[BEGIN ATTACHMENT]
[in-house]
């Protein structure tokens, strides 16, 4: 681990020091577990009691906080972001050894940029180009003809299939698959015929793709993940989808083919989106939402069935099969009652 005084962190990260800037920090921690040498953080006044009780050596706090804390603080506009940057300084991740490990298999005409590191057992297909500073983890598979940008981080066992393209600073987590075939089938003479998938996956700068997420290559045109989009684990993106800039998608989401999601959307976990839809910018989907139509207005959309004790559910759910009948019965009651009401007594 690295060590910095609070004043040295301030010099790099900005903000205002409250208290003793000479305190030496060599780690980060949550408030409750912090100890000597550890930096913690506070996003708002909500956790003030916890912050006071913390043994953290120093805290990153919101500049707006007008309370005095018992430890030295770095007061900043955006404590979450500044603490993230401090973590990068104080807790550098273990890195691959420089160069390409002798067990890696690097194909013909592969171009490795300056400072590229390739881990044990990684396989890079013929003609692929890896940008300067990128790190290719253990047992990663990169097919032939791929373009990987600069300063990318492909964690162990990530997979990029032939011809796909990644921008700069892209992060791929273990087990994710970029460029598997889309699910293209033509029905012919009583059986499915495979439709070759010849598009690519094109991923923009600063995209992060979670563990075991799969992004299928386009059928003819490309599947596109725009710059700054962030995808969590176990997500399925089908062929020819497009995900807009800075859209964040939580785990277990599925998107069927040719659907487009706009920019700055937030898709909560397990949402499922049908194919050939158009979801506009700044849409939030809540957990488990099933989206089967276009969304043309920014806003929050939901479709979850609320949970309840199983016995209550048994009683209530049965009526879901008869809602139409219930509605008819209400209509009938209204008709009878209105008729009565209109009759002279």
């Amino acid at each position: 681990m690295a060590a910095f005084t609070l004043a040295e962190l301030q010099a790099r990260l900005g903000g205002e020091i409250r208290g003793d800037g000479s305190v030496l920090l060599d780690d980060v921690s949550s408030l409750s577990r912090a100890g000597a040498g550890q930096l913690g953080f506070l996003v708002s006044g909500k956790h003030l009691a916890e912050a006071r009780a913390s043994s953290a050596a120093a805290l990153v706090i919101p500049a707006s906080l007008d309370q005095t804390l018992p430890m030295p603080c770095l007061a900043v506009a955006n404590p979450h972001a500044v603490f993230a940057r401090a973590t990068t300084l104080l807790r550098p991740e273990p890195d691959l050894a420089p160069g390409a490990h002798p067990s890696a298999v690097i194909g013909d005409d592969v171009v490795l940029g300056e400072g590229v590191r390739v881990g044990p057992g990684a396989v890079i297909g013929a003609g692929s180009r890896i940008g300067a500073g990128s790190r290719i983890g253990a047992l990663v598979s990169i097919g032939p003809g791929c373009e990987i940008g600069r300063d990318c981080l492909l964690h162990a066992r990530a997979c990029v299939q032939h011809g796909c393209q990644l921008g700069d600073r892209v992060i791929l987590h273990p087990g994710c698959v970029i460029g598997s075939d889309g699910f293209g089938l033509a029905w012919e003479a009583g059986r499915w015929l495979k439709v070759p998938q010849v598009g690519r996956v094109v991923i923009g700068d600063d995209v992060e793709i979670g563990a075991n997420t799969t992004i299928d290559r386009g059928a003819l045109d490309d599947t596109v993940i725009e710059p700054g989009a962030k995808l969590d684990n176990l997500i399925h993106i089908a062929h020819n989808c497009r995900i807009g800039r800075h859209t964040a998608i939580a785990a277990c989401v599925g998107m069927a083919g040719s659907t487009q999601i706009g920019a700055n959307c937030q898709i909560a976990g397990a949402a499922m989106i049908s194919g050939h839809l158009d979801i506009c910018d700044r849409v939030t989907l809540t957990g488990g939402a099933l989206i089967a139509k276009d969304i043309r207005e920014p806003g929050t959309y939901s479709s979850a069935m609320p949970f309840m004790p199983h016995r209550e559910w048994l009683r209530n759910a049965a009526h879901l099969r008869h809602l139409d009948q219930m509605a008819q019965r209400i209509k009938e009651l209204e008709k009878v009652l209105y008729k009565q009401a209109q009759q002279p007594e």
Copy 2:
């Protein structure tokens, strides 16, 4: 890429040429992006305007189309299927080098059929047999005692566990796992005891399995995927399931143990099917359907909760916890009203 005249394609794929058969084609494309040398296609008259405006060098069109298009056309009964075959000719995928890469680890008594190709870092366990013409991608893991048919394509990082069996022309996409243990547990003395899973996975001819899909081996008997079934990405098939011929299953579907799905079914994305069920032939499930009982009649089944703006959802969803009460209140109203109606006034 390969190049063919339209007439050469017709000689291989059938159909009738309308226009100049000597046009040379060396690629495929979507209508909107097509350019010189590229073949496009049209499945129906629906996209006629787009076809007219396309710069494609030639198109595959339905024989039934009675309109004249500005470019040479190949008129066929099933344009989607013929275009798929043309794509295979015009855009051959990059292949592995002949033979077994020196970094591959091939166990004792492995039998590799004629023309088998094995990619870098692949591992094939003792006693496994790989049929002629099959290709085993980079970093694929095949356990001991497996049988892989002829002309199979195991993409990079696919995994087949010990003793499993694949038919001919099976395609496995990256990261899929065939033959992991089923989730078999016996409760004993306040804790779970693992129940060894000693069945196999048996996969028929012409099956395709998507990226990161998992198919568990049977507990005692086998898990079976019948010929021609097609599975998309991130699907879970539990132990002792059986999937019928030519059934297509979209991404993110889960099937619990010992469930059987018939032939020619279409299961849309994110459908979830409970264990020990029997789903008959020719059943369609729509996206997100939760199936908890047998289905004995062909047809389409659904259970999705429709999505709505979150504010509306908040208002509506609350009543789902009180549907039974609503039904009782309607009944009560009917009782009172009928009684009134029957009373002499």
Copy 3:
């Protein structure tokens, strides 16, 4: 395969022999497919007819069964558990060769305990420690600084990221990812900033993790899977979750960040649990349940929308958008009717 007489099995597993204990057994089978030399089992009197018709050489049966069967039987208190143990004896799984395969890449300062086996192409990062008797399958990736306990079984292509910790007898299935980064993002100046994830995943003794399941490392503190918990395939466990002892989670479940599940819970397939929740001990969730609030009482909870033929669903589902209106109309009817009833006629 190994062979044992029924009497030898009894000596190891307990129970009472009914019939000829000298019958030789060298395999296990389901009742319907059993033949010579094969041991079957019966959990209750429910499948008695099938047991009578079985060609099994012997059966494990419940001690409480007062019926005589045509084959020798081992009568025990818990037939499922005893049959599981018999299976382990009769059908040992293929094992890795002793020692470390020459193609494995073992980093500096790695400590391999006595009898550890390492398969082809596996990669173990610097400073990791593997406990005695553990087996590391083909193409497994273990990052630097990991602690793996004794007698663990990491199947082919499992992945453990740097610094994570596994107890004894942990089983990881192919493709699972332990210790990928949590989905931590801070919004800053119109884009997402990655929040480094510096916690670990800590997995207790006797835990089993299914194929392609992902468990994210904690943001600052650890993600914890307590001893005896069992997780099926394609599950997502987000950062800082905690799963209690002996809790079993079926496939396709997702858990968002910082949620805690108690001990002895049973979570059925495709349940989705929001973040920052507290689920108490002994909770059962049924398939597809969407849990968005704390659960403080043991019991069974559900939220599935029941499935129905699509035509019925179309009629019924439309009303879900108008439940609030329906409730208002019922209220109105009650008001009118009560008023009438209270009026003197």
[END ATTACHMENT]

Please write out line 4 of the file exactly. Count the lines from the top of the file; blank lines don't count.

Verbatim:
Copy 2: